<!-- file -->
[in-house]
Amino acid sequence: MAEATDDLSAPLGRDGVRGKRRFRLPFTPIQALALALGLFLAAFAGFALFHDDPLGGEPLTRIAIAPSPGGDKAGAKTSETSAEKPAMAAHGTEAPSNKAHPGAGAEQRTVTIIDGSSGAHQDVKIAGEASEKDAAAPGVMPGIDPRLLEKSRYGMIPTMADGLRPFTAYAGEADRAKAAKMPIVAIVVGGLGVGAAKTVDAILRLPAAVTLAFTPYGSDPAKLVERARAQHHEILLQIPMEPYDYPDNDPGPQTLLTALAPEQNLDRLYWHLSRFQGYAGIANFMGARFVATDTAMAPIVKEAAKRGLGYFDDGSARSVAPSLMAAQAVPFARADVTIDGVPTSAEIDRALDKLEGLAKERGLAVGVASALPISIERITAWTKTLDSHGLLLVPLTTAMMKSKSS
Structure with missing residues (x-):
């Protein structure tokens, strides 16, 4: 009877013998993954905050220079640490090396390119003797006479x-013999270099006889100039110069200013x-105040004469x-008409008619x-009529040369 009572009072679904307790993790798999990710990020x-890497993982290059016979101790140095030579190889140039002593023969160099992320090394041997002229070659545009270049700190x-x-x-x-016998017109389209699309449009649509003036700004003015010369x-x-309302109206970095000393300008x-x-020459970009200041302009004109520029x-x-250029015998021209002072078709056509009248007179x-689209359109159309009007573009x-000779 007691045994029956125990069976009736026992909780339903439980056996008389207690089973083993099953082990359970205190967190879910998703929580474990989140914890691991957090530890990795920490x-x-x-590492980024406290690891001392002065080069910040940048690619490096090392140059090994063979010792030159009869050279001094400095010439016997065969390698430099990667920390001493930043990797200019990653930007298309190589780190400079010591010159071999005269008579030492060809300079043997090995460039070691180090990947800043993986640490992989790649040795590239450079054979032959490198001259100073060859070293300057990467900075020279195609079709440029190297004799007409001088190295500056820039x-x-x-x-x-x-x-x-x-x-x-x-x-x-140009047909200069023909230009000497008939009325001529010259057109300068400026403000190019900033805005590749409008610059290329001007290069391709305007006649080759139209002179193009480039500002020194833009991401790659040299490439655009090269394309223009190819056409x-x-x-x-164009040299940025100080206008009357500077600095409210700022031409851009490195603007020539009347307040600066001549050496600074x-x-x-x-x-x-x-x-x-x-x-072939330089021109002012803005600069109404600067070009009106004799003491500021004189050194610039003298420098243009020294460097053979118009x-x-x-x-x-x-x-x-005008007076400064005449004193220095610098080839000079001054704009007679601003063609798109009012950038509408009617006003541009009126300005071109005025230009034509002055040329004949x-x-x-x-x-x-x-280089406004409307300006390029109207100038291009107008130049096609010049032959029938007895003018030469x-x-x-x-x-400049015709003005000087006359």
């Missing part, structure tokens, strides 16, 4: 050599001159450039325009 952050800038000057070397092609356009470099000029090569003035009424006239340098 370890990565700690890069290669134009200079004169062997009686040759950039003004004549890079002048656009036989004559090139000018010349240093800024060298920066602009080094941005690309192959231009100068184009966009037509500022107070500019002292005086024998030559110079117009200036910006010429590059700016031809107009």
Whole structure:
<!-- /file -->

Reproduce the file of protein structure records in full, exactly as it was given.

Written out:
[in-house]
Amino acid sequence: MAEATDDLSAPLGRDGVRGKRRFRLPFTPIQALALALGLFLAAFAGFALFHDDPLGGEPLTRIAIAPSPGGDKAGAKTSETSAEKPAMAAHGTEAPSNKAHPGAGAEQRTVTIIDGSSGAHQDVKIAGEASEKDAAAPGVMPGIDPRLLEKSRYGMIPTMADGLRPFTAYAGEADRAKAAKMPIVAIVVGGLGVGAAKTVDAILRLPAAVTLAFTPYGSDPAKLVERARAQHHEILLQIPMEPYDYPDNDPGPQTLLTALAPEQNLDRLYWHLSRFQGYAGIANFMGARFVATDTAMAPIVKEAAKRGLGYFDDGSARSVAPSLMAAQAVPFARADVTIDGVPTSAEIDRALDKLEGLAKERGLAVGVASALPISIERITAWTKTLDSHGLLLVPLTTAMMKSKSS
Structure with missing residues (x-):
């Protein structure tokens, strides 16, 4: 009877013998993954905050220079640490090396390119003797006479x-013999270099006889100039110069200013x-105040004469x-008409008619x-009529040369 009572009072679904307790993790798999990710990020x-890497993982290059016979101790140095030579190889140039002593023969160099992320090394041997002229070659545009270049700190x-x-x-x-016998017109389209699309449009649509003036700004003015010369x-x-309302109206970095000393300008x-x-020459970009200041302009004109520029x-x-250029015998021209002072078709056509009248007179x-689209359109159309009007573009x-000779 007691045994029956125990069976009736026992909780339903439980056996008389207690089973083993099953082990359970205190967190879910998703929580474990989140914890691991957090530890990795920490x-x-x-590492980024406290690891001392002065080069910040940048690619490096090392140059090994063979010792030159009869050279001094400095010439016997065969390698430099990667920390001493930043990797200019990653930007298309190589780190400079010591010159071999005269008579030492060809300079043997090995460039070691180090990947800043993986640490992989790649040795590239450079054979032959490198001259100073060859070293300057990467900075020279195609079709440029190297004799007409001088190295500056820039x-x-x-x-x-x-x-x-x-x-x-x-x-x-140009047909200069023909230009000497008939009325001529010259057109300068400026403000190019900033805005590749409008610059290329001007290069391709305007006649080759139209002179193009480039500002020194833009991401790659040299490439655009090269394309223009190819056409x-x-x-x-164009040299940025100080206008009357500077600095409210700022031409851009490195603007020539009347307040600066001549050496600074x-x-x-x-x-x-x-x-x-x-x-072939330089021109002012803005600069109404600067070009009106004799003491500021004189050194610039003298420098243009020294460097053979118009x-x-x-x-x-x-x-x-005008007076400064005449004193220095610098080839000079001054704009007679601003063609798109009012950038509408009617006003541009009126300005071109005025230009034509002055040329004949x-x-x-x-x-x-x-280089406004409307300006390029109207100038291009107008130049096609010049032959029938007895003018030469x-x-x-x-x-400049015709003005000087006359």
């Missing part, structure tokens, strides 16, 4: 050599001159450039325009 952050800038000057070397092609356009470099000029090569003035009424006239340098 370890990565700690890069290669134009200079004169062997009686040759950039003004004549890079002048656009036989004559090139000018010349240093800024060298920066602009080094941005690309192959231009100068184009966009037509500022107070500019002292005086024998030559110079117009200036910006010429590059700016031809107009």
Whole structure: